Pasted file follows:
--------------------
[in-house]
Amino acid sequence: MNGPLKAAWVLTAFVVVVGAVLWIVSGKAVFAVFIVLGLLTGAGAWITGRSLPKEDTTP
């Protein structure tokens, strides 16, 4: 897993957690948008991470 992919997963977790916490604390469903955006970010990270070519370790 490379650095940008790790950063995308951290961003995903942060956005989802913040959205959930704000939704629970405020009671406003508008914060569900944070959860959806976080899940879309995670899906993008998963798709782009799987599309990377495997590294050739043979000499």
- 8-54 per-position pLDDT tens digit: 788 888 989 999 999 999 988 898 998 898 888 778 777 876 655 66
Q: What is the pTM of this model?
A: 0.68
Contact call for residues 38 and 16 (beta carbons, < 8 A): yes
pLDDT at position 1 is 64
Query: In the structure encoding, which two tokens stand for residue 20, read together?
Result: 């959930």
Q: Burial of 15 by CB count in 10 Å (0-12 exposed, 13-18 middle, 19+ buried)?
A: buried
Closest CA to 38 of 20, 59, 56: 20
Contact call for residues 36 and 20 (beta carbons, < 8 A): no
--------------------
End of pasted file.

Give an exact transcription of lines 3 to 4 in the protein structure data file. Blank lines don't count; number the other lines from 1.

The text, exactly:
């Protein structure tokens, strides 16, 4: 897993957690948008991470 992919997963977790916490604390469903955006970010990270070519370790 490379650095940008790790950063995308951290961003995903942060956005989802913040959205959930704000939704629970405020009671406003508008914060569900944070959860959806976080899940879309995670899906993008998963798709782009799987599309990377495997590294050739043979000499």
- 8-54 per-position pLDDT tens digit: 788 888 989 999 999 999 988 898 998 898 888 778 777 876 655 66